"Learn to be an observer in all seasons.
Every single day your garden has something new and wonderful to show you"
Don't underestimate the value of a good compost pile tucked away in the home garden. There is nothing very difficult or scientific to beginning one and it can be made from a few sheets of iron fixed into a neat square, to a more elaborate bought one from the hardware department stores.
If you have a more rustic type back yard a 'pile' in a corner somewhere may be the answer for you. More garden decor accessories are to grow a few tomatoes around the edges to form a bit of a barricade, and just throw all things to compost down onto the pile. This may not work if you have pets - dogs who are interested in the food scraps that get added etc.
I have two types, in fact three if you count the worm farm. My first one is a store bought square, tapered side 'bin' with a lid and little flaps which lift up at the bottom to be able to rake a small amount of compost out if needed. In this one we mainly put all of our household fruit and vegetable scraps, egg shells, used paper serviettes, tea and coffee leaves, but it is important to not put meat scraps in as this will bring flies etc. I do put in prawn heads, but bury them in the compost to keep the flies once again from laying their eggs. Newspaper from the bottom of the large bird cage also goes in to rot down, as does anything from the flower garden which is small, along with leaves which gives it oxygen. But what I love is the lawn clippings which cover all of the rotting down stuff, heats it all up and is a great rotting medium.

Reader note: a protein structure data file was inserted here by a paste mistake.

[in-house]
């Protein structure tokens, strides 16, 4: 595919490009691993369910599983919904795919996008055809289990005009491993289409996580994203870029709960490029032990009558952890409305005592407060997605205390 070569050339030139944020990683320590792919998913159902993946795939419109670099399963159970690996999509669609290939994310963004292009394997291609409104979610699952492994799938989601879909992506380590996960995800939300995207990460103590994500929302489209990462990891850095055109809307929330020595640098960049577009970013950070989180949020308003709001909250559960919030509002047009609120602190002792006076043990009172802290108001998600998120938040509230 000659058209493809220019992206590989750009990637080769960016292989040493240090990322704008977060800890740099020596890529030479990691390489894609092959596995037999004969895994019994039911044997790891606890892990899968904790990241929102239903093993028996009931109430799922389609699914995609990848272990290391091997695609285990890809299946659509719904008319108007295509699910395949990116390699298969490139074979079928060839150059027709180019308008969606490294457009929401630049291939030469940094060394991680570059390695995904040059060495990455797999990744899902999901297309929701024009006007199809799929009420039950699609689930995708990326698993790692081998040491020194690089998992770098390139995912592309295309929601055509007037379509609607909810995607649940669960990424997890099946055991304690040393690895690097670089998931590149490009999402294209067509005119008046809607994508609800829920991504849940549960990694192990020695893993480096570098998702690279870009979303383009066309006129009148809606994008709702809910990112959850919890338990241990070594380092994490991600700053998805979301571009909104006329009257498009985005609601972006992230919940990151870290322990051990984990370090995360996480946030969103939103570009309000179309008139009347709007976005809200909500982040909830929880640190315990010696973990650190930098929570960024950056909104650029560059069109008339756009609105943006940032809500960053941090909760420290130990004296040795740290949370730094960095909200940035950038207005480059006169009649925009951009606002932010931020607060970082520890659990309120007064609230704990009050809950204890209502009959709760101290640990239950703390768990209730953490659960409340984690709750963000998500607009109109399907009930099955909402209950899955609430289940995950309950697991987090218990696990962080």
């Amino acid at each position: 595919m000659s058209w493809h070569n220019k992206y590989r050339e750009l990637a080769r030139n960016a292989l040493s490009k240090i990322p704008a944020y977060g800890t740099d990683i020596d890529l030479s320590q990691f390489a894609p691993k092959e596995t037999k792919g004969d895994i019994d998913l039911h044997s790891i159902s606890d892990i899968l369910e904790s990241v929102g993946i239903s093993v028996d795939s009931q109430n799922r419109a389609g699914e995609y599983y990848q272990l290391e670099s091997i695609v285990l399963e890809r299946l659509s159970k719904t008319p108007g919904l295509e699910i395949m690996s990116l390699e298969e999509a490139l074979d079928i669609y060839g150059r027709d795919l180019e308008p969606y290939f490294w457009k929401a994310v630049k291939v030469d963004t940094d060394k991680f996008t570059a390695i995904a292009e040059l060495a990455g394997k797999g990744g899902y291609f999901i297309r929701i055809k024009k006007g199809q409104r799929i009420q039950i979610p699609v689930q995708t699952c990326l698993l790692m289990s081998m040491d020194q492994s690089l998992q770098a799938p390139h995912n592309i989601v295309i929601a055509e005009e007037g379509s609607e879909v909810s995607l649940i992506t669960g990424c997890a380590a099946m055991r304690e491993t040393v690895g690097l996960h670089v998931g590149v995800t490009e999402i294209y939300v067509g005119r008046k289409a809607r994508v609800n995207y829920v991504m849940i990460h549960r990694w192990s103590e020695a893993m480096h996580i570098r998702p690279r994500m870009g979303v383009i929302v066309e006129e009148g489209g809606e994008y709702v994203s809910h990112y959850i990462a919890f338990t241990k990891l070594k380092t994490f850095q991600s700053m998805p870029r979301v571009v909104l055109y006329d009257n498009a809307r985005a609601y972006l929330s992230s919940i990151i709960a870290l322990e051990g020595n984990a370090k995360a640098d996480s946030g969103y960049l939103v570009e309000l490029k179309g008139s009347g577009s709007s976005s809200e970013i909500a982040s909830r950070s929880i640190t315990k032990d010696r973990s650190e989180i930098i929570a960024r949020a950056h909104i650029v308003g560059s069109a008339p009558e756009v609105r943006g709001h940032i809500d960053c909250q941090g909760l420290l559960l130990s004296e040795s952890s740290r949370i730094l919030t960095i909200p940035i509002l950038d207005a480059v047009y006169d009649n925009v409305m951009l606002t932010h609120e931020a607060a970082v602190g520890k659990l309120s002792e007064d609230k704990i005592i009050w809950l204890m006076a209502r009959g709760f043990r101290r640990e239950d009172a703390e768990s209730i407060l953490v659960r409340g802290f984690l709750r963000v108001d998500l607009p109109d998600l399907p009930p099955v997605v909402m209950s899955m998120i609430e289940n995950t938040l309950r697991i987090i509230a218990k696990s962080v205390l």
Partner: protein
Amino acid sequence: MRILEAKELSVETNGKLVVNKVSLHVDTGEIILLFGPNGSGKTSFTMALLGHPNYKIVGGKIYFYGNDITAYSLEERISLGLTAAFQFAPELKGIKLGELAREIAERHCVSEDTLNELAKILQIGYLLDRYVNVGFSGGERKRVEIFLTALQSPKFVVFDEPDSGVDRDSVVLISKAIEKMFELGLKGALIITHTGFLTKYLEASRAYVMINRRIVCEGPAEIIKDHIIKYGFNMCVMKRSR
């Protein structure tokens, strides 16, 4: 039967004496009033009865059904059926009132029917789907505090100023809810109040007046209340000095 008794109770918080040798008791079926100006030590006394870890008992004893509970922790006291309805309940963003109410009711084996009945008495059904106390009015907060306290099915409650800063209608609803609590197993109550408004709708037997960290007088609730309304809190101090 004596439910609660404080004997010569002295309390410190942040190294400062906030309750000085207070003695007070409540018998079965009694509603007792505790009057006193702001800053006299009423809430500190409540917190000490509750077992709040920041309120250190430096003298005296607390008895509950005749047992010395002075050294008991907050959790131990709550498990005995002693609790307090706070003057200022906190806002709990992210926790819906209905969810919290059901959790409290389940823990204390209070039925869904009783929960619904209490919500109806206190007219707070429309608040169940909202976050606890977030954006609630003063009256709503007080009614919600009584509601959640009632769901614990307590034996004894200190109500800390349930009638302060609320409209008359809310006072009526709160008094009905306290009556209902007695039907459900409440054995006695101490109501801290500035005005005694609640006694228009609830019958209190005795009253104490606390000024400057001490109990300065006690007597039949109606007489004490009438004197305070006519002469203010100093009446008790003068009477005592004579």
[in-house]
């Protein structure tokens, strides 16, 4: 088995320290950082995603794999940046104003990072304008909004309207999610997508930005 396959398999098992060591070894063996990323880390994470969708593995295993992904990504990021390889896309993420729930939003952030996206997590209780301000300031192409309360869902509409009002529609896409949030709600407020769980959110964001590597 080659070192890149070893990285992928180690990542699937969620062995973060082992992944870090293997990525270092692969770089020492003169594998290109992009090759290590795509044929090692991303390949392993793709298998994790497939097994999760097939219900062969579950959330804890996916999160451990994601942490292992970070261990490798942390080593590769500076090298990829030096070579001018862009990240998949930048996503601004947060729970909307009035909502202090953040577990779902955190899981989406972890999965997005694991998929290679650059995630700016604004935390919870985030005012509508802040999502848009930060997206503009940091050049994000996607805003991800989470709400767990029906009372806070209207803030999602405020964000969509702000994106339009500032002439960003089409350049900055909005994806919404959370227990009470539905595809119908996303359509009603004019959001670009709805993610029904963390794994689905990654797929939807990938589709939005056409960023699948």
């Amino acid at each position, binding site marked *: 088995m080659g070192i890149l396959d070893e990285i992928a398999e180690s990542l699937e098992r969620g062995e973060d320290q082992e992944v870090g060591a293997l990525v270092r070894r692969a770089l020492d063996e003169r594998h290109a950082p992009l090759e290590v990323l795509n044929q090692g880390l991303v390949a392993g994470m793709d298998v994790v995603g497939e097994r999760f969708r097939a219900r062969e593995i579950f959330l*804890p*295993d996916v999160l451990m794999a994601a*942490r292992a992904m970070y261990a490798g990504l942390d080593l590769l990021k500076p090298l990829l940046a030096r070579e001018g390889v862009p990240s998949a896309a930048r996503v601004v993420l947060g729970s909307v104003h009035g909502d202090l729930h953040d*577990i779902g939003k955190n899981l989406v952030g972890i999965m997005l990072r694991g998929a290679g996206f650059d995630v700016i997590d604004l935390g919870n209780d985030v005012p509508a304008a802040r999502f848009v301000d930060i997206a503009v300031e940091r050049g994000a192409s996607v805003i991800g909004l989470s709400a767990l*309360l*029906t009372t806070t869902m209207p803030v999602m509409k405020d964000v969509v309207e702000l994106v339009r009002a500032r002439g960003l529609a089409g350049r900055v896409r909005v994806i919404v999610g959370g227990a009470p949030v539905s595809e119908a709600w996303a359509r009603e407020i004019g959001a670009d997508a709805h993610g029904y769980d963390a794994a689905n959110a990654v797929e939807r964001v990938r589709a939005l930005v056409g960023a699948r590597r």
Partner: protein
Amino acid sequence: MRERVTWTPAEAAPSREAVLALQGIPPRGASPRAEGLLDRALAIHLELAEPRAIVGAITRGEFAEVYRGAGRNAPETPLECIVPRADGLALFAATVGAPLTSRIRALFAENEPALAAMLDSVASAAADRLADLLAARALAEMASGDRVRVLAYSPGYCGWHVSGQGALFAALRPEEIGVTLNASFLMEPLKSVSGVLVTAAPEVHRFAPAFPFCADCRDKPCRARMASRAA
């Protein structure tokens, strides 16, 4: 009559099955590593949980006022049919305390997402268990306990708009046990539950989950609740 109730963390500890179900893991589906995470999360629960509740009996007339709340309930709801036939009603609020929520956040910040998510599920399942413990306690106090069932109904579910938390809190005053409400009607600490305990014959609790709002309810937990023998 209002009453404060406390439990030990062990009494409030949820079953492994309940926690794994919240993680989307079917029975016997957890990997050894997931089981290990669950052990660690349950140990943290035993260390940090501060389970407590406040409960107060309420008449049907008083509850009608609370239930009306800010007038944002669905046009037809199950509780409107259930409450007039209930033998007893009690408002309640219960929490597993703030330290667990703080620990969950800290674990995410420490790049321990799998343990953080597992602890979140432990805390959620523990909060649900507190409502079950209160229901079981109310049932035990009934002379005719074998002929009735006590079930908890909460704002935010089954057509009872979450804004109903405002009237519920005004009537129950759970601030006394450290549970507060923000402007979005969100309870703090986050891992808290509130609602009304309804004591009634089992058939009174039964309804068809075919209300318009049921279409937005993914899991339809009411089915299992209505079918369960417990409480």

The other container we have is simply made from sheets of iron which we use for all of the old vegetable stalks off the garden. Tomato or sweet corn plants, and everything that has come to the end of its growing time and is too big and hard for the smaller bin. Big pieces out of the flower area and basically just greenery from around the yard.
With the top open on this one any rain can penetrate through and of course run out of the bottom, but with having a lid on the other we add liquid which has accumulated in the 'scrap bucket', so each day it gets watered. This is one thing that compost heaps need - to have plenty of water and not let it dry out or the scraps will not rot.
If you want to start with buying a few worms to add to your scraps that is okay, but I have found that somehow the worms will know and find their way into the container from the bottom, or you could get a scoop of a friend or neighbors compost with some worms in it.
Positioning the compost heap is important as it should be in a lot of shade to keep it moist and not overheat the worms in the summer or they will die, so a water with the hose if it looks dry is good, but don't drown the worms.
There are two types of bacteria that decompose the compost - anaerobic - which does not require oxygen, or aerobic - which does require oxygen. If you turn the pile you will create oxygen and cause the bacteria to work faster. I guess I have both as I do have garden accessories tools for this job, a screw type attachment which plunges into the compost, turns it around, pulls it up and this lifts the layers, but unfortunately I do not do it very often.
However the compost we create is full of worms, smells just like dirt and apart from eggshells which take forever to break up looks like good black earthy soil and is able to be added to any garden or pot plant.
I look at this beautiful black stuff and marvel that it was once just a bucket of vegetable scraps.